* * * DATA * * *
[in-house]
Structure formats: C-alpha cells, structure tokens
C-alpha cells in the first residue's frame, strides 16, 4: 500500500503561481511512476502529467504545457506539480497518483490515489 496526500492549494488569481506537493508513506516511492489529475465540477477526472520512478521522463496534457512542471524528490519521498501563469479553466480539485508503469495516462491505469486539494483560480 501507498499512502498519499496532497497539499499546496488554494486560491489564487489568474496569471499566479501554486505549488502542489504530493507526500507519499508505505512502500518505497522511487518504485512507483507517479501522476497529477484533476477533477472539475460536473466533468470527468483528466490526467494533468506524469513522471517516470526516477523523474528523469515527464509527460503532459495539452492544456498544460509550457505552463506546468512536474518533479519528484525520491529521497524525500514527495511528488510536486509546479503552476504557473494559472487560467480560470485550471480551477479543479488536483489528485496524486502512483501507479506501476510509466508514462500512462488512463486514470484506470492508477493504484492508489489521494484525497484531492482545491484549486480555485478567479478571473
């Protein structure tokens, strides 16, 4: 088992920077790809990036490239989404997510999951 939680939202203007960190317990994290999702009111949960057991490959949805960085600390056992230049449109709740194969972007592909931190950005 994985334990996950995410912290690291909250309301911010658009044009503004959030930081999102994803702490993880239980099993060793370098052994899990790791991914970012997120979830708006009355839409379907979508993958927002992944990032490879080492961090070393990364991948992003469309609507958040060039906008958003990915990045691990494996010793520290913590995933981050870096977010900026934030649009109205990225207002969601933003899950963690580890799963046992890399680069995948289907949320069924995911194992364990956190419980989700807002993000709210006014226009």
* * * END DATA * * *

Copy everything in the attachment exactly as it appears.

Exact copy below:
[in-house]
Structure formats: C-alpha cells, structure tokens
C-alpha cells in the first residue's frame, strides 16, 4: 500500500503561481511512476502529467504545457506539480497518483490515489 496526500492549494488569481506537493508513506516511492489529475465540477477526472520512478521522463496534457512542471524528490519521498501563469479553466480539485508503469495516462491505469486539494483560480 501507498499512502498519499496532497497539499499546496488554494486560491489564487489568474496569471499566479501554486505549488502542489504530493507526500507519499508505505512502500518505497522511487518504485512507483507517479501522476497529477484533476477533477472539475460536473466533468470527468483528466490526467494533468506524469513522471517516470526516477523523474528523469515527464509527460503532459495539452492544456498544460509550457505552463506546468512536474518533479519528484525520491529521497524525500514527495511528488510536486509546479503552476504557473494559472487560467480560470485550471480551477479543479488536483489528485496524486502512483501507479506501476510509466508514462500512462488512463486514470484506470492508477493504484492508489489521494484525497484531492482545491484549486480555485478567479478571473
């Protein structure tokens, strides 16, 4: 088992920077790809990036490239989404997510999951 939680939202203007960190317990994290999702009111949960057991490959949805960085600390056992230049449109709740194969972007592909931190950005 994985334990996950995410912290690291909250309301911010658009044009503004959030930081999102994803702490993880239980099993060793370098052994899990790791991914970012997120979830708006009355839409379907979508993958927002992944990032490879080492961090070393990364991948992003469309609507958040060039906008958003990915990045691990494996010793520290913590995933981050870096977010900026934030649009109205990225207002969601933003899950963690580890799963046992890399680069995948289907949320069924995911194992364990956190419980989700807002993000709210006014226009």